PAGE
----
Traditional IT is Standing in the Way of the Software Revolution

It has recently come to my attention that software is eating the world – today’s dominant companies are software companies. The growth of cloud and the affordability and ubiquity of high-speed-network connected devices have finally tipped the scales. Software is fundamentally changing the way we work and interact. Even for companies like AT&T, the role of software is becoming increasingly important. A little over a decade ago this company’s revenue came largely from phone lines, long distance, and yellow page sales. Today we are focusing on products like U-verse and Digital Life, which are software platforms that deliver new services over our existing network. In the coming years software will continue to transform whole industries and professions in ways we cannot yet imagine.

Moving deployment out of the dark ages

One of the biggest barriers preventing software from taking over the planet (i.e., making our lives even better) is that deploying software still remains something of a dark-art. It hasn’t universally risen to the level of a science the way manufacturing has, for example. Yet. There is a new school of thought percolating called “DevOps” that is seeking to change this. According to this school of thought, transformation is needed from both a process and technology perspective:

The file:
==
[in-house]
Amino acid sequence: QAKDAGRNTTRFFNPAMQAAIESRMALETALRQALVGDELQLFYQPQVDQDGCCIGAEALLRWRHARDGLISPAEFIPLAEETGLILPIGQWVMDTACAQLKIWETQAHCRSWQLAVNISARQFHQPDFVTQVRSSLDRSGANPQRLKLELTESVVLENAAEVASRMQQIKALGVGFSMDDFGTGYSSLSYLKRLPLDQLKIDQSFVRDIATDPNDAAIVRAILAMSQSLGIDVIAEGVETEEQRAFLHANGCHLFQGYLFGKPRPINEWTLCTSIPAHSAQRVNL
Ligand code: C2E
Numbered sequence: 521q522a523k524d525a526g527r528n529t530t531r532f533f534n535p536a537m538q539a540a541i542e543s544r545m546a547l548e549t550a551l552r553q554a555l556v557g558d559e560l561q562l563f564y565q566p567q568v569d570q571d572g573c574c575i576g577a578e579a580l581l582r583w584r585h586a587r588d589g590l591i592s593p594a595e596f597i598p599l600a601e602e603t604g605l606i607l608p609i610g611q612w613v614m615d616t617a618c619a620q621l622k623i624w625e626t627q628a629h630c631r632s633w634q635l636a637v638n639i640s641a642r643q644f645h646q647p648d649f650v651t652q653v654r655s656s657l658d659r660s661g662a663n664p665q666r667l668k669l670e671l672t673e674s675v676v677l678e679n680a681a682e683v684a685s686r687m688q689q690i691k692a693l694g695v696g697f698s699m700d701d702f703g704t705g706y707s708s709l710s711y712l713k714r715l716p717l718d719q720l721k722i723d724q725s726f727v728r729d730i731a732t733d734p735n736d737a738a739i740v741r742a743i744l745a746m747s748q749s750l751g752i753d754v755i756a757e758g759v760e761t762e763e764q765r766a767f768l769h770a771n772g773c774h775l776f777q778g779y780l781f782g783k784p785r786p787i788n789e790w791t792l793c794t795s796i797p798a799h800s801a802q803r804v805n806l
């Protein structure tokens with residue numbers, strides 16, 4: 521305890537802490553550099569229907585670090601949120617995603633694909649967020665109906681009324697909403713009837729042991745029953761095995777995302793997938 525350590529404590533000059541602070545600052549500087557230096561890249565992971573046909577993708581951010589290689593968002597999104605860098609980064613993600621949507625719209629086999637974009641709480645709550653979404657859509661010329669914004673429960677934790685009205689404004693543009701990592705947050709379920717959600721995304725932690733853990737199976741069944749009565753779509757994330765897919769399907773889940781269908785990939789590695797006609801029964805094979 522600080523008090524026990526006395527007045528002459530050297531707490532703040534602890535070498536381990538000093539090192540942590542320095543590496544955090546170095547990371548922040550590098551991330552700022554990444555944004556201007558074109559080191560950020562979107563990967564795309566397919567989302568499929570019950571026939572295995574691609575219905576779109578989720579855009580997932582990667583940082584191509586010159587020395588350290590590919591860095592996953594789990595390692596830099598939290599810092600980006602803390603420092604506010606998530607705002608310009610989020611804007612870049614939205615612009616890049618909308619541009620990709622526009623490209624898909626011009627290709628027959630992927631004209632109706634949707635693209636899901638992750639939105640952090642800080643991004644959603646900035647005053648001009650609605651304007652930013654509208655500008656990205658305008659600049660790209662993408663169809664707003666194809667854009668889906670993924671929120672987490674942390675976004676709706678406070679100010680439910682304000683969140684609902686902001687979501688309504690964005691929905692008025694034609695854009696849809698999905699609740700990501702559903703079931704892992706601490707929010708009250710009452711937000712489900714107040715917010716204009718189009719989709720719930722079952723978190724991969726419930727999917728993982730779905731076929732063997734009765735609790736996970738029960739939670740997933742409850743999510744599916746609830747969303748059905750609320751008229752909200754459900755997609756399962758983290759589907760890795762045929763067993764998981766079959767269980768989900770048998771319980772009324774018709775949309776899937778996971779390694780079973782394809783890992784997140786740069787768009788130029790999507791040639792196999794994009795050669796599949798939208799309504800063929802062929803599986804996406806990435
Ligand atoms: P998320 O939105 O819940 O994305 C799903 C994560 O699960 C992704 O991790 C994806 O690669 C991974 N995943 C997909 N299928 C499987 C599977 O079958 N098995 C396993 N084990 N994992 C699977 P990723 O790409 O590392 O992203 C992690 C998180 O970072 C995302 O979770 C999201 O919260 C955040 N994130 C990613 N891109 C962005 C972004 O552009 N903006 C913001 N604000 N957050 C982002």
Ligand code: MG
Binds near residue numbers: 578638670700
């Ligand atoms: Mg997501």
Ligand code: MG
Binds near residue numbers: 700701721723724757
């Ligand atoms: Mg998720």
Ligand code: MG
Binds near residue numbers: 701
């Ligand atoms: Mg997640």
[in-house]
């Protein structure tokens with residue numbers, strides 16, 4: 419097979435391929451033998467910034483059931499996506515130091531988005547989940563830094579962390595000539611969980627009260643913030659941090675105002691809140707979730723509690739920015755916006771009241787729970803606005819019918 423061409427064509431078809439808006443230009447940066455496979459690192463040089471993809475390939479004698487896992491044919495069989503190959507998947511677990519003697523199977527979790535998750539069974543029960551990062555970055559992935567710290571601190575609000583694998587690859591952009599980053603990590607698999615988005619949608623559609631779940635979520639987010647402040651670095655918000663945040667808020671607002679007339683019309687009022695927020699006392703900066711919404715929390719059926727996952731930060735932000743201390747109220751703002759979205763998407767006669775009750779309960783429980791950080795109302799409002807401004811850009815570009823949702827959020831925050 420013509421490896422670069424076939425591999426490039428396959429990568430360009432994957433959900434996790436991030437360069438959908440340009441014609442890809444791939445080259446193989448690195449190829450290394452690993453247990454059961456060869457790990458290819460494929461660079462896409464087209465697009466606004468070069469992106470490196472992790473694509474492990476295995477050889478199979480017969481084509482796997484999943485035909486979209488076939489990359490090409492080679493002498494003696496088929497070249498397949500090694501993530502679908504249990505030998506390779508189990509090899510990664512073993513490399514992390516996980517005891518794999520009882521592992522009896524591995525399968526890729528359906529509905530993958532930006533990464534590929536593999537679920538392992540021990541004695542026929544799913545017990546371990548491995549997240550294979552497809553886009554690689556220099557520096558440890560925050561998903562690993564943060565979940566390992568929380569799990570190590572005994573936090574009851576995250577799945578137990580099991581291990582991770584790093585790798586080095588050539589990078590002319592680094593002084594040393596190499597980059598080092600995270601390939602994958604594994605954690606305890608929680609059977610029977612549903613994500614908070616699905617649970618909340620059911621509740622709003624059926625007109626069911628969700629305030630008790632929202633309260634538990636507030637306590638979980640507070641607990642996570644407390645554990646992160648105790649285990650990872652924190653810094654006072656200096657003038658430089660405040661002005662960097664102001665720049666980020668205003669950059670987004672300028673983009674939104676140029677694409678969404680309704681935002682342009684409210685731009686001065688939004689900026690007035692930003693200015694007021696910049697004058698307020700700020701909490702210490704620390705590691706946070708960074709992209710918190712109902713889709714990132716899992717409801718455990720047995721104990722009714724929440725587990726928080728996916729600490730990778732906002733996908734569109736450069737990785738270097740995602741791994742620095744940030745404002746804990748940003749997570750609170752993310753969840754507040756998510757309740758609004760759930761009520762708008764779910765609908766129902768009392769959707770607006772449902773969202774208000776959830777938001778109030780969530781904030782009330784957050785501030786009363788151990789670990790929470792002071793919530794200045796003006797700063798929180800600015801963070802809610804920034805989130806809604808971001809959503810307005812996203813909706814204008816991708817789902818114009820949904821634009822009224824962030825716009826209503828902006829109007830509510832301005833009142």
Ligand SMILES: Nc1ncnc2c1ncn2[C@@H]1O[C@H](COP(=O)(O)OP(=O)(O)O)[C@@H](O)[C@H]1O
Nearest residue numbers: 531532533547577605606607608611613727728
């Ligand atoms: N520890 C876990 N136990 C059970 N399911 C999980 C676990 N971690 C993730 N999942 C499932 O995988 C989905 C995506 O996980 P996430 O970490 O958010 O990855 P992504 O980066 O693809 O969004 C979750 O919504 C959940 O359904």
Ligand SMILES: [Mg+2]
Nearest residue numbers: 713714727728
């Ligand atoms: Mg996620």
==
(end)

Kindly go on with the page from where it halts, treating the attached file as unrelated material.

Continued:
• Developers and IT operations staff should work closely together. On the surface this sounds simple, but I assure you it is radical. IT and development have always been “separate but equal,” neither trusting nor liking the other.
  • Many companies use methodologies like Agile, LEAN IT, and ITIL; why not integrate them all and use them to drastically speed up the rate software is released into the live environment?
  • LEAN manufacturing principles can be used to manage and prioritize work, reducing the amount of work in progress and eliminating bottlenecks so work can flow through the system (and into production) faster.

Traditionally people in IT development and operations have looked at each other suspiciously because they confuse the technology they work with and their job description. But ultimately their job isn’t “developer” or “network engineer.” Their job is to use technology to advance the business goals of the organization. Development and operations should be working together, which is the idea behind DevOps, and reason enough to pay attention to the hype.

Is your organization using DevOps to enable and speed deployment? How are you encouraging IT to embrace this approach?
Jason Druebert Consulting Solutions Senior IT Service Management Consultant AT&T About Jason